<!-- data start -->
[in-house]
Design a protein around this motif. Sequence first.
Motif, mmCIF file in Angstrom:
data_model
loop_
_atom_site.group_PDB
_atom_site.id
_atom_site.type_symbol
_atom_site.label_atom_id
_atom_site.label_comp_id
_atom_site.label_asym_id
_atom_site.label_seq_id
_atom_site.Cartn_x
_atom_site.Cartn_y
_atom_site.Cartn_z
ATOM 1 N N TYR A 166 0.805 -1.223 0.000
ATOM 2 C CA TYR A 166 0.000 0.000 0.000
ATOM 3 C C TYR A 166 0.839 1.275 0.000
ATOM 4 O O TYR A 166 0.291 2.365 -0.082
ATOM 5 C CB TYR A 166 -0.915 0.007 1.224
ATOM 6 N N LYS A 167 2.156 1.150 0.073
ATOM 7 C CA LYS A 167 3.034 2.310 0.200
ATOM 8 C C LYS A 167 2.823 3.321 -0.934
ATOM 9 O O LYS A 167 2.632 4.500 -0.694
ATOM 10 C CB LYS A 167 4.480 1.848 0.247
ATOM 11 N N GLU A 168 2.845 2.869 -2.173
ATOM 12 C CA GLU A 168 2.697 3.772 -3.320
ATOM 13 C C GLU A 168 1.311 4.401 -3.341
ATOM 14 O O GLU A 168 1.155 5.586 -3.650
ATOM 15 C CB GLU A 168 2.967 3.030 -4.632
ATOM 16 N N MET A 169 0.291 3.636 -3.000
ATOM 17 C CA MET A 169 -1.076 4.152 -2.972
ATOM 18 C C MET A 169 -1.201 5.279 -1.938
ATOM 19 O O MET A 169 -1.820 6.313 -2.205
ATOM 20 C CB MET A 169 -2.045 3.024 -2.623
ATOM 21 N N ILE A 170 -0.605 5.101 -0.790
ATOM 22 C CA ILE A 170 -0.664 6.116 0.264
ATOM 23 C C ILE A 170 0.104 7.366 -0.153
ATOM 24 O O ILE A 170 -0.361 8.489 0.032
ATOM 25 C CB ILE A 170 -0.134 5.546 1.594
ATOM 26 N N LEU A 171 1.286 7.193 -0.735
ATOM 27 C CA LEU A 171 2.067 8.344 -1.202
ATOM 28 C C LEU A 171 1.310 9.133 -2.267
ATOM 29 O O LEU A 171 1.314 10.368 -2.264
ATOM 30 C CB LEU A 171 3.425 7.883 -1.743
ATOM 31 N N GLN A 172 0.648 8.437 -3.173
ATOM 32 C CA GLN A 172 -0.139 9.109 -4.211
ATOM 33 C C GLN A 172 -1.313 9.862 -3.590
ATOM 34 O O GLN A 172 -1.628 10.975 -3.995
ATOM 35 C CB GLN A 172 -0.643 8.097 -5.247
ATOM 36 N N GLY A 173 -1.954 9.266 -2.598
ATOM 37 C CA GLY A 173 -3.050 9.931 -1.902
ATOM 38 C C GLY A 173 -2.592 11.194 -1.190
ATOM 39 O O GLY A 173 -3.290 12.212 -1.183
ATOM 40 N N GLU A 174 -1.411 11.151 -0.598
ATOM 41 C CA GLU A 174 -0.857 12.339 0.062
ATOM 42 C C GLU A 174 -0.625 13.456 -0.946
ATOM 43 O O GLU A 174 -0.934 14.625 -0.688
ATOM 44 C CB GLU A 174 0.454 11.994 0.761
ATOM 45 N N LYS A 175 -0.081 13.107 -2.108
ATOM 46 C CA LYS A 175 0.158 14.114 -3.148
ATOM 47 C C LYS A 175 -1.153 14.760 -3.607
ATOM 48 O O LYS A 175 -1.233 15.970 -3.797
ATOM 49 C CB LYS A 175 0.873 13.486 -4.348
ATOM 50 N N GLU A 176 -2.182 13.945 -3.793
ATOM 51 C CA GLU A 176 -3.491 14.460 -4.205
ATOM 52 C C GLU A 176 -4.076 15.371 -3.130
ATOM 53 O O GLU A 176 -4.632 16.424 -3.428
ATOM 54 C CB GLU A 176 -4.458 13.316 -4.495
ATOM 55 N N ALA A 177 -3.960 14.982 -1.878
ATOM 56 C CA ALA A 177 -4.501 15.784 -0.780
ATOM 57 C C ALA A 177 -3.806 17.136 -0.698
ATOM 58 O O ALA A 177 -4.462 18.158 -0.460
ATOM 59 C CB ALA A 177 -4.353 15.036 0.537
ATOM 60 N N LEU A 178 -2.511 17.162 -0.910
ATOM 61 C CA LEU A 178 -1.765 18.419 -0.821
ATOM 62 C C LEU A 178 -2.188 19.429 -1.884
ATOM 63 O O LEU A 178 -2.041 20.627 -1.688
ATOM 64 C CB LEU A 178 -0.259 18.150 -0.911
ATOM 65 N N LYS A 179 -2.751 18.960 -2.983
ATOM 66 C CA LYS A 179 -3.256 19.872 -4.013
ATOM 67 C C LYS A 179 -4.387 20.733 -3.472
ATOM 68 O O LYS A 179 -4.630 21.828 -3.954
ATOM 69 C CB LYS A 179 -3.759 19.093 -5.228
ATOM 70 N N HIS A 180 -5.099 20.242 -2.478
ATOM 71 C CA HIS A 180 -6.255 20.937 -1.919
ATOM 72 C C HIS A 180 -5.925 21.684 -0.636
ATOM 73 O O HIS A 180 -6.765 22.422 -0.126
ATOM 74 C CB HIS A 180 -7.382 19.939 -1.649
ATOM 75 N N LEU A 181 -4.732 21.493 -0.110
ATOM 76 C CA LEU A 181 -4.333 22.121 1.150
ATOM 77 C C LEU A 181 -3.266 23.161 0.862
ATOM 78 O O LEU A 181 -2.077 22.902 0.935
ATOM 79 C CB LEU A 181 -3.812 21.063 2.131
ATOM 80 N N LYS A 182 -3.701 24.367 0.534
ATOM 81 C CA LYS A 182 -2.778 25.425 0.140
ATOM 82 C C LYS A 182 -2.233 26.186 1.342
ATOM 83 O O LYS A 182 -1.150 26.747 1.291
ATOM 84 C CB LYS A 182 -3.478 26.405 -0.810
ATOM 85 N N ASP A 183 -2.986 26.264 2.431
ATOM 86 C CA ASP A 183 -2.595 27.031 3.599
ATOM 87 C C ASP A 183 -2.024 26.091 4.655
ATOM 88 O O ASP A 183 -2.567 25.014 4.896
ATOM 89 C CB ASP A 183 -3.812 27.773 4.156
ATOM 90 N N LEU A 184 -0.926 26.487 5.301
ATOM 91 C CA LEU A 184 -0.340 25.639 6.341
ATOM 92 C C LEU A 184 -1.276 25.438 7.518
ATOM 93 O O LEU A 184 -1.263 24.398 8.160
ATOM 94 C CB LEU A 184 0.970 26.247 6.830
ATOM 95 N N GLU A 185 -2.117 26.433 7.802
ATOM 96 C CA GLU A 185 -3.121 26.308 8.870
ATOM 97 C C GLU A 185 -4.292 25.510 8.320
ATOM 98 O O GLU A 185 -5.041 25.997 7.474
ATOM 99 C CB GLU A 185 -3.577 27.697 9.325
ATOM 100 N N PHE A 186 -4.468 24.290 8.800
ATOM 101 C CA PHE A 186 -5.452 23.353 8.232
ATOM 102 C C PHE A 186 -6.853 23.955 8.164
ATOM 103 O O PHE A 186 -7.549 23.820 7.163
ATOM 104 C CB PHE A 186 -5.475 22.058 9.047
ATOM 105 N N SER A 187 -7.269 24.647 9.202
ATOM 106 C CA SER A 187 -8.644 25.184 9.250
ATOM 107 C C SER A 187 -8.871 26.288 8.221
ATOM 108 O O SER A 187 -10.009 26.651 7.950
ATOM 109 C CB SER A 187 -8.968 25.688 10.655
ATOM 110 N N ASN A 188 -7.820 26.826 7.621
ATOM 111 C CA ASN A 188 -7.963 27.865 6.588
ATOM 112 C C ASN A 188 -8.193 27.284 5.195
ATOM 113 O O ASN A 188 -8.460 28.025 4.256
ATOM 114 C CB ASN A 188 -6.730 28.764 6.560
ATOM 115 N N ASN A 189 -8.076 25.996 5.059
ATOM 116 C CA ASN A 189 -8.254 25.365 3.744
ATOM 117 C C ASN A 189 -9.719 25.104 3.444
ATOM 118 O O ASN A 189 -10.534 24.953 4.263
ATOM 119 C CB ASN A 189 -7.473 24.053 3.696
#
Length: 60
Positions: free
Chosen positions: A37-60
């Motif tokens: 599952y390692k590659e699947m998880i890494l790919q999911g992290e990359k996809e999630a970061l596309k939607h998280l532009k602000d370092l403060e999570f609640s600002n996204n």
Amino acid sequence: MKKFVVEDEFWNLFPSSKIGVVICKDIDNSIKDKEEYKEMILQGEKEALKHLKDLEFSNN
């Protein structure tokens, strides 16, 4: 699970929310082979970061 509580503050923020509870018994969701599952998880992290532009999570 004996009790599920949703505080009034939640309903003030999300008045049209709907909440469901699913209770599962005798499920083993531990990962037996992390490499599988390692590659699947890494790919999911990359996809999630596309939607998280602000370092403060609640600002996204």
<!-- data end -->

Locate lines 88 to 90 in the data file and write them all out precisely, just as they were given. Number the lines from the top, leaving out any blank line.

ATOM 73 O O HIS A 180 -6.765 22.422 -0.126
ATOM 74 C CB HIS A 180 -7.382 19.939 -1.649
ATOM 75 N N LEU A 181 -4.732 21.493 -0.110